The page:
So there I was walking along, minding my own business, and recounting all of the injustices that have been inflicted upon me since the age of eight by a cold, cruel world, when suddenly I was surrounded by dog people. Directly in front of me came a tall man with a white goatee, Australian bush hat, and walking stick. A woman with long, dark hair accompanied him. They were walking a Dobermann. I recognized them from earlier encounters in the neighborhood.
Across the street a young couple in San Francisco Giants caps ambled along with a Golden Retriever and a stroller. At the same time, a dude on a bike came up fast behind me with a midsized mutt on a leash. Racing beside his owner, the dog appeared ecstatic. I imagined it was because he had escaped certain death at the pound and knew it. I would be ecstatic, too.
I can’t say every day is like this, since I don’t go walking every day. I also don’t walk for the fun of it but to get to work, which is about three miles away. So, walking for me has a purpose beyond burning calories or letting the family pooch take a dump on a nicely trimmed lawn. I don’t feel superior to dog people because of this, but I take pity on them for having to scoop up their pets’ excrement and carry it around in little plastic bags the color of crossing guard vests for all the world to see, including crossing guards. I wonder with Nietzsche about who’s really in charge here–master or slave?
It’s also not as if these packs of dog people appear every hour of every day. Generally, they’re out from 7:00 to 10:00 in the morning and 4:00 to 8:00 in the evening. It just so happens that’s when I am most likely to be out and about, walking shoes and all (i.e., Vans). Now that I think of it, maybe the best solution is for the city to create non-dog walking lanes for people like me. That would keep the dog poop in restricted areas. Of course, that wouldn’t work everywhere. I’m thinking of my old neighborhood in the Bronx for one.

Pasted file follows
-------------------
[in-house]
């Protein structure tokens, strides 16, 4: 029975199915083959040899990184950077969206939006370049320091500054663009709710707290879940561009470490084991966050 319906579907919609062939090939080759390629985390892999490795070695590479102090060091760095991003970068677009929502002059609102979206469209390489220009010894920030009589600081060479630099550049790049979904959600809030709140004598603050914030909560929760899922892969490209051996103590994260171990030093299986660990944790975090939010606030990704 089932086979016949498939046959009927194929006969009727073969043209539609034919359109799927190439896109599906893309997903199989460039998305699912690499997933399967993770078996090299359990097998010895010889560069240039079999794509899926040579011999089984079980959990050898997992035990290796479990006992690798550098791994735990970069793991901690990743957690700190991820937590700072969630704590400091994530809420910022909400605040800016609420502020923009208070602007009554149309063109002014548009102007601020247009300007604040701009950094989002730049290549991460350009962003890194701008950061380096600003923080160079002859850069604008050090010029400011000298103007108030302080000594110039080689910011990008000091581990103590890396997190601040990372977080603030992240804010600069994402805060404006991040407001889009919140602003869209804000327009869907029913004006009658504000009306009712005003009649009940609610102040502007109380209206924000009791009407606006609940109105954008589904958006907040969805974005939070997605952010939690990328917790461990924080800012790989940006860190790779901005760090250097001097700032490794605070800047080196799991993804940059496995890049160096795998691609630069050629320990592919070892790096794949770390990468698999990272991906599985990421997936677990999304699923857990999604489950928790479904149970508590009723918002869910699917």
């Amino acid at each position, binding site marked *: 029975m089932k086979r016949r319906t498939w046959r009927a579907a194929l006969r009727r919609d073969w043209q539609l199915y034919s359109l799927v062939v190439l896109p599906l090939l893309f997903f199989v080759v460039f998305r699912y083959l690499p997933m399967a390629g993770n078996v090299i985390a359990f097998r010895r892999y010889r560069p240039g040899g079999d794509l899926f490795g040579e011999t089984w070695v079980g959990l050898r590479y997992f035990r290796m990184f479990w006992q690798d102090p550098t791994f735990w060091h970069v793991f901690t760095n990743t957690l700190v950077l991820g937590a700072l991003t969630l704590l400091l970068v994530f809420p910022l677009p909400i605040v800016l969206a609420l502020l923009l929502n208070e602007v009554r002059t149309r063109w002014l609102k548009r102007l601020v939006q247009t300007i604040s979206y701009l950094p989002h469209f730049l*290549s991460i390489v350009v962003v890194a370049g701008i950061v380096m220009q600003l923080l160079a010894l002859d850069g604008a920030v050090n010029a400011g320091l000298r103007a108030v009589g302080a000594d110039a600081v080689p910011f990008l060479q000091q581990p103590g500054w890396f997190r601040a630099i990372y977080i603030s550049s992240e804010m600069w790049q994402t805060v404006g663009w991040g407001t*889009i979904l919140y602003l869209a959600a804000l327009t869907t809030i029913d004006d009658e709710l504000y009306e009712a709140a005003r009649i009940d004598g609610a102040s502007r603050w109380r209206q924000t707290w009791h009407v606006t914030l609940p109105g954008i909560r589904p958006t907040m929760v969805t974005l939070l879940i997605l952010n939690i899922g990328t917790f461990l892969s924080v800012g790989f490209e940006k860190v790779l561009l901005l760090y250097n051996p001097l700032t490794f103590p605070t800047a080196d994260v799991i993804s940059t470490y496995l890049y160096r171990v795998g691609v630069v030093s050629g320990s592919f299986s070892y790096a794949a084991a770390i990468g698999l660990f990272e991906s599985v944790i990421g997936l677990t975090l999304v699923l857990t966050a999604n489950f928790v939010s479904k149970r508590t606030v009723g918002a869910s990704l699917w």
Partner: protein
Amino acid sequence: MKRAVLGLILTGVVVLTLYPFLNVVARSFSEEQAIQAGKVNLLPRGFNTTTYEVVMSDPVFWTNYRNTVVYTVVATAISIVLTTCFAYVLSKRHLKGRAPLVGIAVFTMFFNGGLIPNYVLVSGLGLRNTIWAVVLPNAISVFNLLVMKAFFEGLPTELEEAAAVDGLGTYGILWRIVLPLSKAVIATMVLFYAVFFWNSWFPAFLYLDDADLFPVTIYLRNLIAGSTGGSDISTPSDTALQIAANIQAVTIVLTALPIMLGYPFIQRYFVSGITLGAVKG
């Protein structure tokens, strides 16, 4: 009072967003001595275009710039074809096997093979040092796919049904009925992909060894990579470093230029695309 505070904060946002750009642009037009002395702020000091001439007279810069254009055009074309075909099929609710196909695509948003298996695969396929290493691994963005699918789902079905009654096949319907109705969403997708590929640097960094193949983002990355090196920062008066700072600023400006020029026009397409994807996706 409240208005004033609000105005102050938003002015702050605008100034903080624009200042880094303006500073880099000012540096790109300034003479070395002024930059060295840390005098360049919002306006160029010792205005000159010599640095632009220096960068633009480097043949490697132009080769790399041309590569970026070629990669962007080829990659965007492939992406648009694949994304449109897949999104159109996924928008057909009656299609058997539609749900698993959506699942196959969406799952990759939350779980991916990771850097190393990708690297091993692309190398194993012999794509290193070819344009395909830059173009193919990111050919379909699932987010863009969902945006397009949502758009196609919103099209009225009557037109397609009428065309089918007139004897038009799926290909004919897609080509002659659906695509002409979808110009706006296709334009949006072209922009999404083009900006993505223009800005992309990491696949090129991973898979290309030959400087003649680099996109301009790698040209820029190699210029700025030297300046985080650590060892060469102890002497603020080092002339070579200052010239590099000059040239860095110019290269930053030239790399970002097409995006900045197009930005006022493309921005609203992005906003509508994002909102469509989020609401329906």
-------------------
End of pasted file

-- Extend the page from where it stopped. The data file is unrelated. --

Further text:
I know what you’re thinking. Does this guy not like dogs? Is he a communist? Let me state for the record that (1) I am not now nor have I ever been a member of the Communist Party, and (2) while I can’t say right off the bat that I love dogs, I can say that I like them and might even love one if I got to know him beyond picking up his crap.
In any event, the used car analogy works this way. When buying or selling a used car, many customers point to the Kelley Blue Book as the final word on a car’s worth. The problem is that the blue book doesn’t tell you the value of your car, which is to say its history and how you’ve driven it over the years. It simply gives you the Platonic ideal, for instance, of a 2010 Honda Accord. It doesn’t say anything about your Accord. And, depending on how you drive, you may be thankful for that.
Imagine the same thing with dogs. How can I love Boston terriers if I’ve never taken one to piss on every tree on both sides of the street? The dog, I mean. So, while I like dogs, I can’t say with certainty that I love them, especially since they often take on the character of their owners (read neurotic here). And I’m not about to get to know the owner, unless I have my eye on someone at the dog park down the street. That reminds me of my college girlfriend’s uncle who was a priest and rode around on a motorcycle with his sheepdog sitting behind him in a milk crate. Now, that was cool.
The truth is, I’d gladly join the dog people if I lived somewhere else. But I can’t have pets at my apartment and don’t have time to fulfill another creature’s needs. If that sounds harsh, consider this. The last time I had a dog–a hyperactive Catahoula–she got so anxiety-ridden because of tension in the house that she chewed everything she could get her paws on. Thankfully, that relationship, along with the Catahoula, is long gone, but the lesson remains. To wit, let sleeping dogs lie, especially when you’re the one who has to clean up.
Image credits: feature by Anna Deli; dogs on leash by freestocks. To start off the New Year right, get your copy of The Gringo (2011), Laura Fedora (2014), and Nine Lives (2016) here. Want more? Go to Robert Brancatelli. The Brancatelli Blog is a member of The Free Media Alliance, which promotes “alternatives to software, culture, and hardware monopolies.”